In a time when sludge metal is booming and goth rock is resurrecting, it should be no surprise that a band like Ides of Gemini would come along. Ides of Gemini’s debut, Constantinople, combines muddy riffs with melancholic wails to create an engaging sludge-goth fusion. Guitarist J. Bennett produces a slew of massive, melodious hooks that are both powerful and memorable. Along with steady bass and drums, the riffs provide the perfect bedrock for Sera Timms’s commanding voice. Timms’s voice earns favorable comparisons to Siouxsie Sioux in creating a melodious and spooky aura; however, Timms’s voice is really too unique to be pinned down to a single comparison. She belts out her lines with an operatic force that at its best will give you shivers. Kelly Johnson’s thin, girlish vocals (think Alison Shaw of Cranes) provides the perfect accompaniment for the sheer girth of Timms’s voice.
Still, while the basic elements of Ides of Gemini all seem to come together in a beautiful sonic mosaic, the simplicity and predictability of the songwriting seriously hurts Constantinople’s replay value. Every song has the same standard pop structure. There really isn’t a compositional surprise on the entire album. As a result, Constantinople sounds way better on the first listen than it does on the tenth.
Another problem is that the album is frontloaded. The first three tracks are easily the best on the entire album. “The Vessel and the Snake” contains a heart pounding buildup to a deliciously groovy chorus. “Starless Midnight” is absolutely the star of the album, with a sultry verse that leads to an epic chorus. “Slain in Spirit” is an excellent exhibition of the band’s darker side. The middle three tracks are solid, but a step down from what came before. Then, the last three songs seem to suffer from lethargy. The tempos slow, the intensity drops and the album finds itself floundering to the finish line.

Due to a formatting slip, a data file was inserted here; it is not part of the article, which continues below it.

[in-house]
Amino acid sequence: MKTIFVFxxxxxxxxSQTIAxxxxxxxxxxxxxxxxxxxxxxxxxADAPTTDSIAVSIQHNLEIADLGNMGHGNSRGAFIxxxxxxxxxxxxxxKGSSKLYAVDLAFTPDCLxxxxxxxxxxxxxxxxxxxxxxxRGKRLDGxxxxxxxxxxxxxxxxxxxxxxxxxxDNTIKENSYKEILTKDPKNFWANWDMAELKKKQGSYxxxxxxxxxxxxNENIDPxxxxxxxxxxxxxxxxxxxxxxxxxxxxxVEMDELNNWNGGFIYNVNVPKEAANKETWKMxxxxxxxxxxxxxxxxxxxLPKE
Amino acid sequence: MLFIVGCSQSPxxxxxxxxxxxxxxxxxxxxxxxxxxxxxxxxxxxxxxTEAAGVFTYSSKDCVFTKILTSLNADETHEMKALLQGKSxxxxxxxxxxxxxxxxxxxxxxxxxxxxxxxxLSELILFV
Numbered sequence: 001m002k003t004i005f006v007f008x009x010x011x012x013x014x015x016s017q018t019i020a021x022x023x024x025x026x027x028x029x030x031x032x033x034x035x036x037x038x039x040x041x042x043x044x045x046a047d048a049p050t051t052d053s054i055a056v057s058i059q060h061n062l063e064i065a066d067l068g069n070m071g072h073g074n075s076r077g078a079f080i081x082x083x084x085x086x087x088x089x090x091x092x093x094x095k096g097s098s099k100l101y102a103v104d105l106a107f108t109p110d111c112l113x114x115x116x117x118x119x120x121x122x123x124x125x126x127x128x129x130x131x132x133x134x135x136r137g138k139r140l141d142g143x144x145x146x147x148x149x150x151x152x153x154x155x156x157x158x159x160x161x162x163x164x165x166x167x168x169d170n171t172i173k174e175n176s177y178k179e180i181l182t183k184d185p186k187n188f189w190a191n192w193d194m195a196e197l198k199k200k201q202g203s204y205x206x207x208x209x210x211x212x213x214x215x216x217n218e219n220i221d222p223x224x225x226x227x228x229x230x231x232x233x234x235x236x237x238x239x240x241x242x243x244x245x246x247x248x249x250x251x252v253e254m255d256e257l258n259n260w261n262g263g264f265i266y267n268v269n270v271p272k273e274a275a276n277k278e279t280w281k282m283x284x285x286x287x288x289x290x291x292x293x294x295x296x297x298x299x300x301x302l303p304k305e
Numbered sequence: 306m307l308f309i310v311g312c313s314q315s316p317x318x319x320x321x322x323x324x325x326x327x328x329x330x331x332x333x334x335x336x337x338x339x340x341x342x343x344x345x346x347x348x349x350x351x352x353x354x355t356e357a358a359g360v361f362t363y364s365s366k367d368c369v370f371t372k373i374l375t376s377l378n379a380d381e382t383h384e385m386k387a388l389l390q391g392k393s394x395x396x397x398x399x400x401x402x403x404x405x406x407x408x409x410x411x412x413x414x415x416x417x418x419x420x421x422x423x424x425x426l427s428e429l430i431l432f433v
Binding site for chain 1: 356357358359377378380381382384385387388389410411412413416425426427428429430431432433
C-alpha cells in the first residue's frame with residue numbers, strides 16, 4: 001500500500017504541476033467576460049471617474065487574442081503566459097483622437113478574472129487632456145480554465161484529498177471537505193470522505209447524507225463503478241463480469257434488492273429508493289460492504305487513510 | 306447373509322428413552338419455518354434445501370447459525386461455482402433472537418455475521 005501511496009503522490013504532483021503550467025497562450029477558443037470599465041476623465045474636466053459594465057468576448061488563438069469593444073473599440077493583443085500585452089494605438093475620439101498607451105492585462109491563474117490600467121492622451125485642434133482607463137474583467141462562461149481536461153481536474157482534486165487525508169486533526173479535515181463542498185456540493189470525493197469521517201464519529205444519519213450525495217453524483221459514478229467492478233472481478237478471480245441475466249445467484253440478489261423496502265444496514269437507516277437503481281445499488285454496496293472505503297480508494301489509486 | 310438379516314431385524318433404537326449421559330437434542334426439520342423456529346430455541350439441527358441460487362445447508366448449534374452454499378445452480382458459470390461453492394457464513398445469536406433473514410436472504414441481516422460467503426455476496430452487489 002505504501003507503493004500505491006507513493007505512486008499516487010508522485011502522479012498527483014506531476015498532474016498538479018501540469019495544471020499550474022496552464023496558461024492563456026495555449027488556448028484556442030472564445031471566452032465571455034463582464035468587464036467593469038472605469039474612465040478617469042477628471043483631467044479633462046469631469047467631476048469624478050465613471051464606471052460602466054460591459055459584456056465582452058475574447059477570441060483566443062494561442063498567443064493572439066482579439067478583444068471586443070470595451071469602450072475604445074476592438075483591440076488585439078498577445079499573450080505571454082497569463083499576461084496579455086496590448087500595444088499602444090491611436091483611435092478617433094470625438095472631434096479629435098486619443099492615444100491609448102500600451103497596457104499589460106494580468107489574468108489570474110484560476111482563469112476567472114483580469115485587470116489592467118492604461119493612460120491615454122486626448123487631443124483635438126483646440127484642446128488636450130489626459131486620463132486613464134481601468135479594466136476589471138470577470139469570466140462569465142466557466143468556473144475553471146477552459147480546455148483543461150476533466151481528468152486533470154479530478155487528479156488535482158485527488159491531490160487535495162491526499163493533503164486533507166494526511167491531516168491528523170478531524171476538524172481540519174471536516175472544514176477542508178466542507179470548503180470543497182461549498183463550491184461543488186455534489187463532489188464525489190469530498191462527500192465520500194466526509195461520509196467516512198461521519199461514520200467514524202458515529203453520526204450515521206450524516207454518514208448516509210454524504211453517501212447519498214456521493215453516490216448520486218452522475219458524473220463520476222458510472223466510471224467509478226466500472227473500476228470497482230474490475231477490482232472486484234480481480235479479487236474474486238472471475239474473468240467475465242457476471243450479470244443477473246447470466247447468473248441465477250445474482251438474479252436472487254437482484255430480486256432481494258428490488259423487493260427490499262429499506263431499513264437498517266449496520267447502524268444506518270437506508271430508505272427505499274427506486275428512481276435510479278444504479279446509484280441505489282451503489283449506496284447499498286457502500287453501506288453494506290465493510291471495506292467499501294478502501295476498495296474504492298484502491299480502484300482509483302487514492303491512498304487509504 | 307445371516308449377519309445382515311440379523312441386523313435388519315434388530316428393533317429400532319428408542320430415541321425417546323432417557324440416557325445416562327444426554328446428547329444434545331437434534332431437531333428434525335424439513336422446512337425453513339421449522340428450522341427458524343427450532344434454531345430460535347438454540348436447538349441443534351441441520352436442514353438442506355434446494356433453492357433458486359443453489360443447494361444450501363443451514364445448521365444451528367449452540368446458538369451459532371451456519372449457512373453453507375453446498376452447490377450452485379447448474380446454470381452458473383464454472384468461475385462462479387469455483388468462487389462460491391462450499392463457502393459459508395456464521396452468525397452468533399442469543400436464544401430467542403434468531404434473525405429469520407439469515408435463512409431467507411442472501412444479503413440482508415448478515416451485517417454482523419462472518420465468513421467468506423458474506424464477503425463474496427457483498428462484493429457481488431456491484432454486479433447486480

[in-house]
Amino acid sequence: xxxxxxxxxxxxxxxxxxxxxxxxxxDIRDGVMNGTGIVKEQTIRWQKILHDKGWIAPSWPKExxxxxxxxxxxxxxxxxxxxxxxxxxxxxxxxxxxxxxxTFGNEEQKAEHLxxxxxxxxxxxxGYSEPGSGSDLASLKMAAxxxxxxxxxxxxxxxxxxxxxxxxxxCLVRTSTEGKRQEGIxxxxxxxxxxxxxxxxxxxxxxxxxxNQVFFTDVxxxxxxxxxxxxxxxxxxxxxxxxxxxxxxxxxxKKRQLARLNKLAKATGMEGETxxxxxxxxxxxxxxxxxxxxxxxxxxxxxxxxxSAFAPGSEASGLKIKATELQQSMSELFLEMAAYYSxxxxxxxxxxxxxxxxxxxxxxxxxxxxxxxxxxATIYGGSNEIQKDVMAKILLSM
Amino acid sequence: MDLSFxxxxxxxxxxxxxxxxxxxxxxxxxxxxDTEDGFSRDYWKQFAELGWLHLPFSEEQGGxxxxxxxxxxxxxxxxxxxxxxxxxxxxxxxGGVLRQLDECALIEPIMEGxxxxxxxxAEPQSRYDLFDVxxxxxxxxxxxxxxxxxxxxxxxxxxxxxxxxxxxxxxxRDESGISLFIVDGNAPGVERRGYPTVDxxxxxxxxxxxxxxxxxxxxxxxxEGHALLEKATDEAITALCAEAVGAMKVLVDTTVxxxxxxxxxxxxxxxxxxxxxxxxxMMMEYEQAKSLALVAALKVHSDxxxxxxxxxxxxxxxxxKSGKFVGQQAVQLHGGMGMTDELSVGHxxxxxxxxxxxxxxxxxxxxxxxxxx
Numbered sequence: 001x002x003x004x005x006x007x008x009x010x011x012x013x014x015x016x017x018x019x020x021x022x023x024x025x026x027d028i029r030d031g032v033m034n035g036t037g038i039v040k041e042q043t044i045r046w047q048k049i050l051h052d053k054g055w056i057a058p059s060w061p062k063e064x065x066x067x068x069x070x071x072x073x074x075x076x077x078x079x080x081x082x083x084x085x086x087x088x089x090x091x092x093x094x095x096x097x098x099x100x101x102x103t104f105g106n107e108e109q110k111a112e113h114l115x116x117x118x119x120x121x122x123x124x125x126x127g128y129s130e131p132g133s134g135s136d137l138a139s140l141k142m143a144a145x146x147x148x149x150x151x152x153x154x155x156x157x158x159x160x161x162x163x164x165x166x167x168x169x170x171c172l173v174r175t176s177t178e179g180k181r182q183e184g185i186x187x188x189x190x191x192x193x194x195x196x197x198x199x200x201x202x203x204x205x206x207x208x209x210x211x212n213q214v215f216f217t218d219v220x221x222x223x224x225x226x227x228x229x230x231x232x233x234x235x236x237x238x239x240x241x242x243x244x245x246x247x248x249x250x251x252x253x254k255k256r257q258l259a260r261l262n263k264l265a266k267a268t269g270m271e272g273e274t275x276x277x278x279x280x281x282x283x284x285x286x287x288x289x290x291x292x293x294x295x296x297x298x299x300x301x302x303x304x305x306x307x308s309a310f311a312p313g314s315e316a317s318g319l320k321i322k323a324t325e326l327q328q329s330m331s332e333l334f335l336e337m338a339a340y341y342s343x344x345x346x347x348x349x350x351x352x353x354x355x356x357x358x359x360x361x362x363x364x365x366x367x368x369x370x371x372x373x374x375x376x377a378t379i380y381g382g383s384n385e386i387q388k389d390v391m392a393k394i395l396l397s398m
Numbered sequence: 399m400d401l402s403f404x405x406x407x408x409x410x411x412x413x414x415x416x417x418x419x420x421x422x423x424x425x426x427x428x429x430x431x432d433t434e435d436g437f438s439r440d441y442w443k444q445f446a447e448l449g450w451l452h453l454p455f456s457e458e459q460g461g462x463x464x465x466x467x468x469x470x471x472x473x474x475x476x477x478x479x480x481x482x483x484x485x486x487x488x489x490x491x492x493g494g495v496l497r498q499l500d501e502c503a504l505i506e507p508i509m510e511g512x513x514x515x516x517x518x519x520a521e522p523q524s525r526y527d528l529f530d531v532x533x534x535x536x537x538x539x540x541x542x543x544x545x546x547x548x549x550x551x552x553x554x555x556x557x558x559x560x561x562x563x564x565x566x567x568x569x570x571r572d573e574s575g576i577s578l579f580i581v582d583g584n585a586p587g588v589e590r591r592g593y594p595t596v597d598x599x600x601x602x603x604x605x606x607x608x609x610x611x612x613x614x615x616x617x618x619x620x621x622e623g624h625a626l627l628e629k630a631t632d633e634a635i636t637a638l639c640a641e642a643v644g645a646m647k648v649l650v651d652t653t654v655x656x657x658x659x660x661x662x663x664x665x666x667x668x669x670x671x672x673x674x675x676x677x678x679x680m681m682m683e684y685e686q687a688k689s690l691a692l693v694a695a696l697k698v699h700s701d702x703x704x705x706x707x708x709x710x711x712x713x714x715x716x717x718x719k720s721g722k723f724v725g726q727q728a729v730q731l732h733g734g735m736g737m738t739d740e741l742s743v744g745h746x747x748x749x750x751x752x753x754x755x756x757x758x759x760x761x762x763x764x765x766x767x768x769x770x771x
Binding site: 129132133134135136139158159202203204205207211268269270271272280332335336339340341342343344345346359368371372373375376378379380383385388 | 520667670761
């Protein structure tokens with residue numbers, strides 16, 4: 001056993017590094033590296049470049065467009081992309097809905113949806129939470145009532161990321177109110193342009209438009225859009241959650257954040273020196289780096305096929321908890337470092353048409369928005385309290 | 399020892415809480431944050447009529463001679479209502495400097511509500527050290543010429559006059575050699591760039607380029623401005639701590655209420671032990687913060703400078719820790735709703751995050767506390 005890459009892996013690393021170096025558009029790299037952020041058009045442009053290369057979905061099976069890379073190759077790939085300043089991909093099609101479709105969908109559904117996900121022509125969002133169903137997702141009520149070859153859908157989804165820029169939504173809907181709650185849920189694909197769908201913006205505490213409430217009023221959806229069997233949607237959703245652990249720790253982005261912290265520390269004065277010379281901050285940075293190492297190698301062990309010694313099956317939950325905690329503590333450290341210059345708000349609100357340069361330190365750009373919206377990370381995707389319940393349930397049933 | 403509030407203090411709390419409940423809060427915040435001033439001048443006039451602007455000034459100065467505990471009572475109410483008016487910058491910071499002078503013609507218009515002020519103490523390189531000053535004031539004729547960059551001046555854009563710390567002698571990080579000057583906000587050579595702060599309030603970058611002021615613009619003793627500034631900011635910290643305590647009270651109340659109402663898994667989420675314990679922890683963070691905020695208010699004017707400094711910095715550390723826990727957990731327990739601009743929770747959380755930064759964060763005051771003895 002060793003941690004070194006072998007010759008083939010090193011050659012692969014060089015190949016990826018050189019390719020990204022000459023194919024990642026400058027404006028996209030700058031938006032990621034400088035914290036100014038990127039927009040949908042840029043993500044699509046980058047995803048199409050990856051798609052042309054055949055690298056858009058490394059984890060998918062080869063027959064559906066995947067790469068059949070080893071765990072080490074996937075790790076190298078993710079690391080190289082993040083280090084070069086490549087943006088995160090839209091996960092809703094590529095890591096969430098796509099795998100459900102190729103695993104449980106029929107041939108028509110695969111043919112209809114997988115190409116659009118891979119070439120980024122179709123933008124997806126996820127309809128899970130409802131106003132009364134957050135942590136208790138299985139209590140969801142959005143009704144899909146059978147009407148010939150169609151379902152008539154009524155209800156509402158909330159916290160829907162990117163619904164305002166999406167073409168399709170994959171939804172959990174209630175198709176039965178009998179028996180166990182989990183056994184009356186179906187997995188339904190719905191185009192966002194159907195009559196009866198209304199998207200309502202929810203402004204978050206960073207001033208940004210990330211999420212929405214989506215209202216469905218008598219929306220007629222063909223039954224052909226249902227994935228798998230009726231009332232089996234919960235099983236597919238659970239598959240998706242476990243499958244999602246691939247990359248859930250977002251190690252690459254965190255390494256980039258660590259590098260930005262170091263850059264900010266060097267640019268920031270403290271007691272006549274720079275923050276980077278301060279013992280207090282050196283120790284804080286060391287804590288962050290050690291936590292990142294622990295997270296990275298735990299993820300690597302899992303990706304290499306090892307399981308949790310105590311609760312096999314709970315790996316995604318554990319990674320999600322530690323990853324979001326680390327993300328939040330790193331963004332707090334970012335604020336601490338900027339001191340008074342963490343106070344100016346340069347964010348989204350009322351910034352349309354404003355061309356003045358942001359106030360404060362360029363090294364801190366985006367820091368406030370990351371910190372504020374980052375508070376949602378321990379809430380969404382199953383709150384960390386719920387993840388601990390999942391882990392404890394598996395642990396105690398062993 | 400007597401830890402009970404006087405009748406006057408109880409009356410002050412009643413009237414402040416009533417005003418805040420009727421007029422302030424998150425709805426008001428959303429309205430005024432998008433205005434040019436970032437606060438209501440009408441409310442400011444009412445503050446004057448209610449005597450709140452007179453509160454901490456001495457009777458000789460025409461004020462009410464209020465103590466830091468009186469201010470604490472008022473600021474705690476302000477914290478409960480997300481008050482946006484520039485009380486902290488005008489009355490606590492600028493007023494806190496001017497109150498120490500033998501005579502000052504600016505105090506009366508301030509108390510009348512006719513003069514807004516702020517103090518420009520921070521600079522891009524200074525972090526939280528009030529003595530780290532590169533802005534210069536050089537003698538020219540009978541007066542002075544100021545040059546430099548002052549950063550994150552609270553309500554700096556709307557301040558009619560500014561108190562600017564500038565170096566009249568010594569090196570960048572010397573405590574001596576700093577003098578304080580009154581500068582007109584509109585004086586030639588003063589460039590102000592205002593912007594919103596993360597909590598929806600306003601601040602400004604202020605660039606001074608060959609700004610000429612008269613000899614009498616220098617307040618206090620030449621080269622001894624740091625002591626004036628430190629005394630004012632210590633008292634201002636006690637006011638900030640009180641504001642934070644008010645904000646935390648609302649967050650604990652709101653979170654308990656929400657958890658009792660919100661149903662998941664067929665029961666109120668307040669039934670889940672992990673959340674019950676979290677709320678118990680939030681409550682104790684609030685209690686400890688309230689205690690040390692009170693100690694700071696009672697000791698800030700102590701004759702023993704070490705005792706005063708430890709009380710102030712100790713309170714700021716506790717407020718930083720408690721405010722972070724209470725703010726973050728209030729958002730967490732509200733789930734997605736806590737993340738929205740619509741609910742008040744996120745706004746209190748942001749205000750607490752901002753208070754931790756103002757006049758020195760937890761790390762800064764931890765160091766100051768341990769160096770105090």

First hearing Ides of Gemini is a refreshing experience. Killer riffs plus an original and talented vocalist is usually a winning combination. However, Constantinople definitely sounds like a debut album. The talent and even the chemistry are certainly there, but the songwriting lacks an element of creativity that Ides of Gemini will need to tap into if they want to reach the next level. Here’s hoping the best is yet to come.
Written by Jael